I recently spoke at a seminar where the question was raised about a plan sponsor's obligations to act where they see a participant has made foolish investment choices in their self-directed accounts. Is there a fiduciary obligation to tell a participant that they have made an unwise investment choice?
Well, those short answer is no, there is not. That is the nature of defined contribution plans. There is a fiduciary obligation to provide appropriate diversity and sufficient options for investment. And there is a responsibility to provide some type of educational component to participants. But a plan sponsor should not substitute their own opinions with respect to appropriate retirement investing for the choices made by participants. Fiduciaries have to operate on the assumption that participants have made an election based on their own goals and objectives. The best that a fiduciary can do is limit the investment options in a plan to those strategies that meet the acceptable diversification criteria outlined in ERISA.
That said, there are times when a fiduciary can make an investment election for a participant and, if done properly, the fiduciary is protected from claims of breach of fiduciary duty. Such was the case in Bidwell v. Univ. Medical Ctr., a recent decision from the 6th Circuit Court of Appeals. In this case, the plan administrator elected to change the default investment from a stable value fund to a target date fund. Participants in the stable value fund were notified that unless instructed otherwise, the plan administrator would move their account balances to the target date fund. Two participants claimed they did not receive notice and brought suit for losses they sustained because of the transfer.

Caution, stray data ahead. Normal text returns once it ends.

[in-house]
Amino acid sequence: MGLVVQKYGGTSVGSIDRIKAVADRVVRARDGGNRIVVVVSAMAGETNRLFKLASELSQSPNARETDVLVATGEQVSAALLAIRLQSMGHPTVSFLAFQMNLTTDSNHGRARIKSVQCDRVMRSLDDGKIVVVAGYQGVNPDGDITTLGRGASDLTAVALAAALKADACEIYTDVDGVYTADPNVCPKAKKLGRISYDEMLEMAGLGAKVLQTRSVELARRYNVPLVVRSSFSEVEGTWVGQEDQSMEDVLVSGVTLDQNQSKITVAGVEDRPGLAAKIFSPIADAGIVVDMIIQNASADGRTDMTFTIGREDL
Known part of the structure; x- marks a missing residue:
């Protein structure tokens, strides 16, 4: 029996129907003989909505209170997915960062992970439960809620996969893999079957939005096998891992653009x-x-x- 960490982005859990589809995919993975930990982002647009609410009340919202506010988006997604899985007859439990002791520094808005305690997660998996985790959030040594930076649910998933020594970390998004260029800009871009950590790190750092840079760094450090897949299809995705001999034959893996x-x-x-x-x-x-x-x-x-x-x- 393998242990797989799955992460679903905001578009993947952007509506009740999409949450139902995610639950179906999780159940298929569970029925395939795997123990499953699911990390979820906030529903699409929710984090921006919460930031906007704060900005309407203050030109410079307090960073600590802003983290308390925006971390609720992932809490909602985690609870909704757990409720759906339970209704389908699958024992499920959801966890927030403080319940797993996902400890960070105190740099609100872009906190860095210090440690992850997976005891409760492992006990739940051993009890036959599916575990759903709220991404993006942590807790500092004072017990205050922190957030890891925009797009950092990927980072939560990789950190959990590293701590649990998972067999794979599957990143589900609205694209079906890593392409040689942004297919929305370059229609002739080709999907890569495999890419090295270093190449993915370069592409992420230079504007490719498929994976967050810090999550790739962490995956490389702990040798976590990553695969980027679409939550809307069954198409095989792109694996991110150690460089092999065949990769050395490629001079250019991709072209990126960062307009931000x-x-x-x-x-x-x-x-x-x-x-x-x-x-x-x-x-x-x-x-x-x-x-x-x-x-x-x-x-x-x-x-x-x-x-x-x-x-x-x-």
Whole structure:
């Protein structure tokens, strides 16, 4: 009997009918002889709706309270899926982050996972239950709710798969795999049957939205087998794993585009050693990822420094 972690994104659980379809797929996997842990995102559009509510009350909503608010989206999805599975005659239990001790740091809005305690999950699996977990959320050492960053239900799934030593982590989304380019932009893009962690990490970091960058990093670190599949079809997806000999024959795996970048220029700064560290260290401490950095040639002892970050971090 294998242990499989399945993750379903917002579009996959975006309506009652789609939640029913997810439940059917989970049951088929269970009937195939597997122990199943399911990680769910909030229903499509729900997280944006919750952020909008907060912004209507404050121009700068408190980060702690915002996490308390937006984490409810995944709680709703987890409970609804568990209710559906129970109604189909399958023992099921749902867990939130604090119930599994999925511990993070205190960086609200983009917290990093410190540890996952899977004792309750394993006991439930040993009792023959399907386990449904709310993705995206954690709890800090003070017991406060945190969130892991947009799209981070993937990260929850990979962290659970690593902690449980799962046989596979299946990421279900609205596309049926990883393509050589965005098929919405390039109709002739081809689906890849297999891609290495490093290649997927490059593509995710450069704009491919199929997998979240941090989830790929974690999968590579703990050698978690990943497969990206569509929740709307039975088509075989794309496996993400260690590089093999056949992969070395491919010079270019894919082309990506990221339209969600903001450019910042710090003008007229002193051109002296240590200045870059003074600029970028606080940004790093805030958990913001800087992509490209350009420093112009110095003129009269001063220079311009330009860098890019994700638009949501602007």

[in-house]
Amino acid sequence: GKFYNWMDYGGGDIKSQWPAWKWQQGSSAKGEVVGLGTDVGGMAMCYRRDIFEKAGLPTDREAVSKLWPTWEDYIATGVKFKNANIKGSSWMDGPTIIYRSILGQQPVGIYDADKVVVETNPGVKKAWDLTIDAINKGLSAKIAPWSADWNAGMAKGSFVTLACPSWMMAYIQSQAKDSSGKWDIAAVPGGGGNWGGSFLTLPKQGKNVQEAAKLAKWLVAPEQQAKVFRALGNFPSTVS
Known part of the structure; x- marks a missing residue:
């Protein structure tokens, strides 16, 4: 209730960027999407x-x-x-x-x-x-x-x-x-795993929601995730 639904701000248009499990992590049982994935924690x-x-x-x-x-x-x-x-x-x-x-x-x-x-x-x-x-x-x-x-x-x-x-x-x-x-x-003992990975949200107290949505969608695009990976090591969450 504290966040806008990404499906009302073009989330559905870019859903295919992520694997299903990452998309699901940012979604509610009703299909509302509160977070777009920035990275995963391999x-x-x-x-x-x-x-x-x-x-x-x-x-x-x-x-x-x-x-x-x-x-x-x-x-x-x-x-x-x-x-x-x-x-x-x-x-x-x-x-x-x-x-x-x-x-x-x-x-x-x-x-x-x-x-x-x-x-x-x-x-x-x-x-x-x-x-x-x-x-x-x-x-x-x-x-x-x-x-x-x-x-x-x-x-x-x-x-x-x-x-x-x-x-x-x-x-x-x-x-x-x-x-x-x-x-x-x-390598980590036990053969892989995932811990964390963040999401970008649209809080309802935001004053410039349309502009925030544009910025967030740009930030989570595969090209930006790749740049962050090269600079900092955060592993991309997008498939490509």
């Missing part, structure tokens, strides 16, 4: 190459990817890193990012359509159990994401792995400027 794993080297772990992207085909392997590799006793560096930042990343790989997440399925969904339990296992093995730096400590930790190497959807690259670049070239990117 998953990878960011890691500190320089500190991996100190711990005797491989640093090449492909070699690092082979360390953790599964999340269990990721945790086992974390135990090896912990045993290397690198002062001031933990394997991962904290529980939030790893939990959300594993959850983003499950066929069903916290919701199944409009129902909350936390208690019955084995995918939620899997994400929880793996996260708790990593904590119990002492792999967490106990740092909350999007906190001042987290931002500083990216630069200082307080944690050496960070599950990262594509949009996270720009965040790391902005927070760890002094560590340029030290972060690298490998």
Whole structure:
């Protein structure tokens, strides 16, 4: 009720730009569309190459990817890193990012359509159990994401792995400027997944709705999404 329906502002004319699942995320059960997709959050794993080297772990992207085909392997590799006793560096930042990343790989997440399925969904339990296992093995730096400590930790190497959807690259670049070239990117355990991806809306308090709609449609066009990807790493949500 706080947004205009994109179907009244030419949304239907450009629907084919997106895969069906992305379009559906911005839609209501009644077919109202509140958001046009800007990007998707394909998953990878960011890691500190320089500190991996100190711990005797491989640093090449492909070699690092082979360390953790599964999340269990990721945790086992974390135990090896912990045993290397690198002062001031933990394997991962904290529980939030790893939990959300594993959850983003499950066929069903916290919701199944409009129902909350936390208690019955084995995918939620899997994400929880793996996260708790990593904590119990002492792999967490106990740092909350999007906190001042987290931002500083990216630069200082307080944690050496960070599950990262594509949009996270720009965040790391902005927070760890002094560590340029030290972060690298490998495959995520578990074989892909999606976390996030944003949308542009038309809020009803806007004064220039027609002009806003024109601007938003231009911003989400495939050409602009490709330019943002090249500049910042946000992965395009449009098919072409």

The Court upheld the district court's determination that a breach of fiduciary duty had not occurred because the safe harbor for qualified default elections protects the plan administrator if a participant fails to make an affirmative investment election. Not just the initial election, but subsequent elections like this. If notice is provided, a failure by the participant to affirmatively elect means the plan administrator can apply the appropriate default election, even to funds already invested.
So participants can pick whatever options are available, and plan administrators have to make appropriate options available. At the same time, plan administrators are protected if they have qualified default investment options in place to cover those participants that don't make appropriate elections. Choosing the default investment option, providing appropriate notice and properly diversifying options are all things a plan administrator must do to protect participants. But you also have to let them make their own choices, ideally with some educational assistance. And don't be afraid to ask your plan professionals for assistance in making sure your plan has the right pieces.